What is cheese?

Most cheese eaten in Australia is made from the pasteurised milk of cows, sheep or goats. Cheese is generally made by adding a starter culture of bacteria to the milk. These bacteria digest milk sugar (lactose), producing lactic acid, which separates the solids from the liquid in milk. A soft, junket-like curd is formed, leaving the whey, which is drained off.

The curd can be used fresh, or heated, salted, dried, ripened or matured according to the type of cheese being made. For matured cheese, the enzyme chymotrypsin, found in rennet, is also added to the milk. For some types of cheese, the starter culture also contains selected moulds (e.g. white mould for camembert and blue mould for blue vein) or bacteria that produce gas (to form the ‘eyes’ in Swiss-style cheese), or particular flavours, aromas and colours.

There are 4 main groups of cheese categorised according to production techniques and maturity:

  • fresh unripened, such as cottage, cream or neufchatel, ricotta, quark, mascarpone and feta;
  • soft mould ripened, such as brie, camembert and blue vein;
  • firm, such as cheddar and Swiss cheese; and
  • hard, such as parmesan and pecorino.

Other types of cheese include stretched curd cheese (e.g. mozzarella and bocconcini) and washed rind cheese (e.g. gruyere).

Cheese as a food

Cheese is one of the most nutritious foods as it is a good source of protein, calcium and a range of vitamins and minerals. Despite being a compact nutrient package, cheese is often avoided because of its fat content. This can vary from about 50 to 85 per cent in mascarpone, which is made from cream, to 35 per cent in cheddar types and 5 to 10 per cent in cottage cheese and ricotta. Nowadays some cheeses are made from milk containing less fat and are labelled as ‘reduced fat’ cheese. In Australia this label means that the cheese contains 75 per cent (or less) of the amount of fat in the regular cheese of the same variety. They are characterised by being milder in flavour. If these cheeses are cheddar types they may still have a fat content of 25 per cent, which should be indicated on the label.

A serve of cheese (40 grams) is a good way to fulfil one of the 2 to 3 daily serves of dairy recommended for most people by the Australian National Health and Medical Research Council. Although rich in calcium, cheeses can be high in saturated fat, so reduced-fat varieties should be chosen where possible. Eat a variety of cheeses, saving the higher fat cheeses for treats.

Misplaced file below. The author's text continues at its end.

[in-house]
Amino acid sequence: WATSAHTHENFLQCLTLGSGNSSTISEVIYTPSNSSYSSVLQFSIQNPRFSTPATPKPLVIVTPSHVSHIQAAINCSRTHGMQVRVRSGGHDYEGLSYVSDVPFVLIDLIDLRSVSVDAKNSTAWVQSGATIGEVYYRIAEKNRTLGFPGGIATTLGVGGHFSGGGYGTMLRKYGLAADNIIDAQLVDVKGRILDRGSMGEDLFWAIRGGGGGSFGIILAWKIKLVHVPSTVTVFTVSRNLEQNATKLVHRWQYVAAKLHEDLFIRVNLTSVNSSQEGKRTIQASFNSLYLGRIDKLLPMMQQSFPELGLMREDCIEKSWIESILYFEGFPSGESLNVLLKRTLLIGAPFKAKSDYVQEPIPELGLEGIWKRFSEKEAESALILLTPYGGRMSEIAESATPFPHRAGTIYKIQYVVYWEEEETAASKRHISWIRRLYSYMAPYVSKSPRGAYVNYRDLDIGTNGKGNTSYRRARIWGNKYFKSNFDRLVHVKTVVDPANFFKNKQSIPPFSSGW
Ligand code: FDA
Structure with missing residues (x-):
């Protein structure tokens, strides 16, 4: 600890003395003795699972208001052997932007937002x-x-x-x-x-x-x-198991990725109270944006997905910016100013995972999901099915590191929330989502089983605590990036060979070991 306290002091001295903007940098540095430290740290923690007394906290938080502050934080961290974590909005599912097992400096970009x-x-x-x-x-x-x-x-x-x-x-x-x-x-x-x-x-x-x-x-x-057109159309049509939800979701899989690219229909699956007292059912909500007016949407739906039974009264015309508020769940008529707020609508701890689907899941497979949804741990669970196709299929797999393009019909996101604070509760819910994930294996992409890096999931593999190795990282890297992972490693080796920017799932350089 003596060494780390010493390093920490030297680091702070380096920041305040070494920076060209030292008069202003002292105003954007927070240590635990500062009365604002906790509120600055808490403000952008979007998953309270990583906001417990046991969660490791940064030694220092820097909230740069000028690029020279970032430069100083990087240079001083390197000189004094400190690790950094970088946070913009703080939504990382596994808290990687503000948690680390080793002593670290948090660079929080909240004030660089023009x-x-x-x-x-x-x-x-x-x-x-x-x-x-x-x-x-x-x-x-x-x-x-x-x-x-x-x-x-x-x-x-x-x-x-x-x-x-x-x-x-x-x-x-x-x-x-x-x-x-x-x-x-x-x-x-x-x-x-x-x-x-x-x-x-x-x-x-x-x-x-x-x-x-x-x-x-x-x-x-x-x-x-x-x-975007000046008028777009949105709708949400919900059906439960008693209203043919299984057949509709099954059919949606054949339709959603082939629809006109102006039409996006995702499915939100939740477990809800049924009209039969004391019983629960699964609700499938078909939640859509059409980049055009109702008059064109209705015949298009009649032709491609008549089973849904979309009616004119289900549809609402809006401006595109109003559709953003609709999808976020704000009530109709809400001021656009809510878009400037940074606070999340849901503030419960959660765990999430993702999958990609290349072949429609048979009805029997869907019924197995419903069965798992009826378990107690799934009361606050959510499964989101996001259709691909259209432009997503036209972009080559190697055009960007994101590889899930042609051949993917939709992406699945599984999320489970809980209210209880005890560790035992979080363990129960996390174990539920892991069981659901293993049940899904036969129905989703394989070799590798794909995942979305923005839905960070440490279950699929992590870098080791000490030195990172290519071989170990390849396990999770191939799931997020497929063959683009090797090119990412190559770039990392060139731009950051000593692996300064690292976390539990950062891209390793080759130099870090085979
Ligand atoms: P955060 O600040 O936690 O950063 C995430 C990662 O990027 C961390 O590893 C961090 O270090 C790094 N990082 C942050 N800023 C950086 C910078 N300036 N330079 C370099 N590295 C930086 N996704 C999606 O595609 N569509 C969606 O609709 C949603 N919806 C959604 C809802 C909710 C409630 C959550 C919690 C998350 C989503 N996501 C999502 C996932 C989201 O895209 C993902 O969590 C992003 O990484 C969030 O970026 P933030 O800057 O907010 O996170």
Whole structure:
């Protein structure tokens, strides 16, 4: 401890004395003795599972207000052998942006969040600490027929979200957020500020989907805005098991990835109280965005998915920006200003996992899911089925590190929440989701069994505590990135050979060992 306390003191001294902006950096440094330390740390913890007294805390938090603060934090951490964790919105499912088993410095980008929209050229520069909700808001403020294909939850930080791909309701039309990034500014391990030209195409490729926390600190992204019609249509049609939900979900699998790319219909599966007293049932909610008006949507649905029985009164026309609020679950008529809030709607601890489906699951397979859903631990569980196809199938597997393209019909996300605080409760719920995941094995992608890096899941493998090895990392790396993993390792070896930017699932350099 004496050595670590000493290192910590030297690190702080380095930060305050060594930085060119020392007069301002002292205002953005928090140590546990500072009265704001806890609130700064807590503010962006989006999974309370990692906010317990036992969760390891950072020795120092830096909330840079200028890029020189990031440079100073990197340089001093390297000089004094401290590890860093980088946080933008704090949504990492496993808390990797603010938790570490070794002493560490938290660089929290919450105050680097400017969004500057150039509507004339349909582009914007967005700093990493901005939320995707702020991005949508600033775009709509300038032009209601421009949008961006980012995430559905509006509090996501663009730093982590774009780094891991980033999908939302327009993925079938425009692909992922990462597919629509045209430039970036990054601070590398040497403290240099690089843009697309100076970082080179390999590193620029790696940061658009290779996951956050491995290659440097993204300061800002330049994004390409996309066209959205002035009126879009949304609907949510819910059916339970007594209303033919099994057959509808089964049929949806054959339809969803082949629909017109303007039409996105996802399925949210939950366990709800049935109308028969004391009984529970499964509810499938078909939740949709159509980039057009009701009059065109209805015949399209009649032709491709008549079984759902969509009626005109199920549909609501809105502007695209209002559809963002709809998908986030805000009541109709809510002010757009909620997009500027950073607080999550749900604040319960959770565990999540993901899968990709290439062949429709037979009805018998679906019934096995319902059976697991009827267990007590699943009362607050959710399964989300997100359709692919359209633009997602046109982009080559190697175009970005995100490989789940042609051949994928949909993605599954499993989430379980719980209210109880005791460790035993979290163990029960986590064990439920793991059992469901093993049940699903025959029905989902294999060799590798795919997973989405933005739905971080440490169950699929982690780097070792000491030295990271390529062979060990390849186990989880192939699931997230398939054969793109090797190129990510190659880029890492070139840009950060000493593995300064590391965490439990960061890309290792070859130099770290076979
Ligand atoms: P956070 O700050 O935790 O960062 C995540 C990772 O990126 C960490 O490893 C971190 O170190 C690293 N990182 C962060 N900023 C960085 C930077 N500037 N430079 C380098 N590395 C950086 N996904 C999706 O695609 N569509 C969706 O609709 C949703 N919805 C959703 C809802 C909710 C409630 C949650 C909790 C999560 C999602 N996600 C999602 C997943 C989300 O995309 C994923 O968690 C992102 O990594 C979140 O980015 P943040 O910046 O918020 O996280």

Take note that low-fat soft cheeses, such as ricotta and cottage cheese, have much less calcium than hard cheeses, such as cheddar, and thus do not count as a full serve of dairy. Ricotta has more calcium than cottage cheese — three times as much per gram — but a regular cheddar cheese has about 10 times more calcium per gram than cottage cheese

Pregnant women and people with a weak immune system should avoid soft, semi-soft and surface-ripened cheeses (e.g. brie, camembert, blue, feta and ricotta), because of the risk of Listeria infection. This infection can seriously affect the unborn child and also people whose immune system is weakened by illness (e.g. cancer and AIDS) or medicines (e.g. after organ transplantation). Hard cheeses (e.g. cheddar and tasty), processed cheese and plain cottage cheese are safer alternatives.

Calcium and fat in cheese

The table below compares the calcium and fat content between samples of different types of cheese.

Calcium and fat content of sample cheeses
Value per 100g cheese
Cheese type Fat (g) Calcium (mg)
Cream cheese 33.9 122
Cheddar 33.8 779
Cheddar, processed 24.9 556
Cheddar, cheese spread 24.7 470
Cheddar, reduced fat (approx 25%) 24.2 801
Cheddar, reduced fat (approx 15%) 15.1 950
Blue vein 33.5 540
Parmesan 30.1 1370
Brie 29.1 468
Edam 26.9 730
Camembert 25.0 484
Mozzarella 23.1 817
Ricotta 11.3 223
Cottage cheese 5.7 89

Last Reviewed: 12/01/2011

myDr



References

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3. Dietitians Association of Australia. Calcium (last updated 6 Jan 2011). http://www.daa.asn.au/index.asp?PageID=2145834407 (accessed Jan 2011).
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9. Food Standards Australia New Zealand. Listeria and food: commonly asked questions (published Dec 2005). http://www.foodstandards.gov.au/scienceandeducation/factsheets/factsheets2005/listeriacommonlyaske3115.cfm (accessed Jan 2011).